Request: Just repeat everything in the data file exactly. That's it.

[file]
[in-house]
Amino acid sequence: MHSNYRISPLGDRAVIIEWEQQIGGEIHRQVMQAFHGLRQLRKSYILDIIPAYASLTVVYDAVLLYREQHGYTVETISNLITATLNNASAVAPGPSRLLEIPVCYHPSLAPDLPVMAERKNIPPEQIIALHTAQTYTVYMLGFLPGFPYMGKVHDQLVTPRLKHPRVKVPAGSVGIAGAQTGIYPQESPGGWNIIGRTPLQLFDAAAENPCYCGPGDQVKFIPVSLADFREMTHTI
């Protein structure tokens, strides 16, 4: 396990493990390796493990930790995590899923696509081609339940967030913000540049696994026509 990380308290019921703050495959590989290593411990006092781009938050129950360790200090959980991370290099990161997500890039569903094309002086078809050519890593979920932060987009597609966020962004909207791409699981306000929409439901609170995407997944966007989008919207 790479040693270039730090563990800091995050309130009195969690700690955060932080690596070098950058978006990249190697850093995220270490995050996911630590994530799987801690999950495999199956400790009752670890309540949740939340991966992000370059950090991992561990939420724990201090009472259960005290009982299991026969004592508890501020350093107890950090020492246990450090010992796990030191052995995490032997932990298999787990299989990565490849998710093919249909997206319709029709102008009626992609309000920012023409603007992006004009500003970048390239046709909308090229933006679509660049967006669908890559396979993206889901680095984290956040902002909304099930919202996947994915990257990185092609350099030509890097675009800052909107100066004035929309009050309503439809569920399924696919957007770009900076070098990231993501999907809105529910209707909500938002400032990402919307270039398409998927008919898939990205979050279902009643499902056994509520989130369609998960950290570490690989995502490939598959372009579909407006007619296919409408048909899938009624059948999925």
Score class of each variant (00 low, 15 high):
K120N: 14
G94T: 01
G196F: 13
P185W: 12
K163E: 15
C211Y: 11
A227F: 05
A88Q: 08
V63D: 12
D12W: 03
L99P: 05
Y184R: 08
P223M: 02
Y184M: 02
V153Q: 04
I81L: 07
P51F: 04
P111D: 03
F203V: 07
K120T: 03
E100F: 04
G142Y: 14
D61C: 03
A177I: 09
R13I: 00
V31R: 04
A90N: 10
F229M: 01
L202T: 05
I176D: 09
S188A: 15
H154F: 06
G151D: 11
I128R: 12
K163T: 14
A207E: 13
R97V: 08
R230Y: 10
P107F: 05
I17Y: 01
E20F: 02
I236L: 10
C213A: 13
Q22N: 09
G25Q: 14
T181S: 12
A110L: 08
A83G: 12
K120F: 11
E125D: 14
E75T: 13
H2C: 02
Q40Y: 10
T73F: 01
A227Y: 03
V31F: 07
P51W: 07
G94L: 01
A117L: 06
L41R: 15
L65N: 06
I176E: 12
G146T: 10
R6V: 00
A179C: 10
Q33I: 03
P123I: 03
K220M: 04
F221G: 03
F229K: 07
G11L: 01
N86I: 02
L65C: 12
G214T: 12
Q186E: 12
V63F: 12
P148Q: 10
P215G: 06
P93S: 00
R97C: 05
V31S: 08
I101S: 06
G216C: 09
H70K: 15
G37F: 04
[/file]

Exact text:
[in-house]
Amino acid sequence: MHSNYRISPLGDRAVIIEWEQQIGGEIHRQVMQAFHGLRQLRKSYILDIIPAYASLTVVYDAVLLYREQHGYTVETISNLITATLNNASAVAPGPSRLLEIPVCYHPSLAPDLPVMAERKNIPPEQIIALHTAQTYTVYMLGFLPGFPYMGKVHDQLVTPRLKHPRVKVPAGSVGIAGAQTGIYPQESPGGWNIIGRTPLQLFDAAAENPCYCGPGDQVKFIPVSLADFREMTHTI
């Protein structure tokens, strides 16, 4: 396990493990390796493990930790995590899923696509081609339940967030913000540049696994026509 990380308290019921703050495959590989290593411990006092781009938050129950360790200090959980991370290099990161997500890039569903094309002086078809050519890593979920932060987009597609966020962004909207791409699981306000929409439901609170995407997944966007989008919207 790479040693270039730090563990800091995050309130009195969690700690955060932080690596070098950058978006990249190697850093995220270490995050996911630590994530799987801690999950495999199956400790009752670890309540949740939340991966992000370059950090991992561990939420724990201090009472259960005290009982299991026969004592508890501020350093107890950090020492246990450090010992796990030191052995995490032997932990298999787990299989990565490849998710093919249909997206319709029709102008009626992609309000920012023409603007992006004009500003970048390239046709909308090229933006679509660049967006669908890559396979993206889901680095984290956040902002909304099930919202996947994915990257990185092609350099030509890097675009800052909107100066004035929309009050309503439809569920399924696919957007770009900076070098990231993501999907809105529910209707909500938002400032990402919307270039398409998927008919898939990205979050279902009643499902056994509520989130369609998960950290570490690989995502490939598959372009579909407006007619296919409408048909899938009624059948999925």
Score class of each variant (00 low, 15 high):
K120N: 14
G94T: 01
G196F: 13
P185W: 12
K163E: 15
C211Y: 11
A227F: 05
A88Q: 08
V63D: 12
D12W: 03
L99P: 05
Y184R: 08
P223M: 02
Y184M: 02
V153Q: 04
I81L: 07
P51F: 04
P111D: 03
F203V: 07
K120T: 03
E100F: 04
G142Y: 14
D61C: 03
A177I: 09
R13I: 00
V31R: 04
A90N: 10
F229M: 01
L202T: 05
I176D: 09
S188A: 15
H154F: 06
G151D: 11
I128R: 12
K163T: 14
A207E: 13
R97V: 08
R230Y: 10
P107F: 05
I17Y: 01
E20F: 02
I236L: 10
C213A: 13
Q22N: 09
G25Q: 14
T181S: 12
A110L: 08
A83G: 12
K120F: 11
E125D: 14
E75T: 13
H2C: 02
Q40Y: 10
T73F: 01
A227Y: 03
V31F: 07
P51W: 07
G94L: 01
A117L: 06
L41R: 15
L65N: 06
I176E: 12
G146T: 10
R6V: 00
A179C: 10
Q33I: 03
P123I: 03
K220M: 04
F221G: 03
F229K: 07
G11L: 01
N86I: 02
L65C: 12
G214T: 12
Q186E: 12
V63F: 12
P148Q: 10
P215G: 06
P93S: 00
R97C: 05
V31S: 08
I101S: 06
G216C: 09
H70K: 15
G37F: 04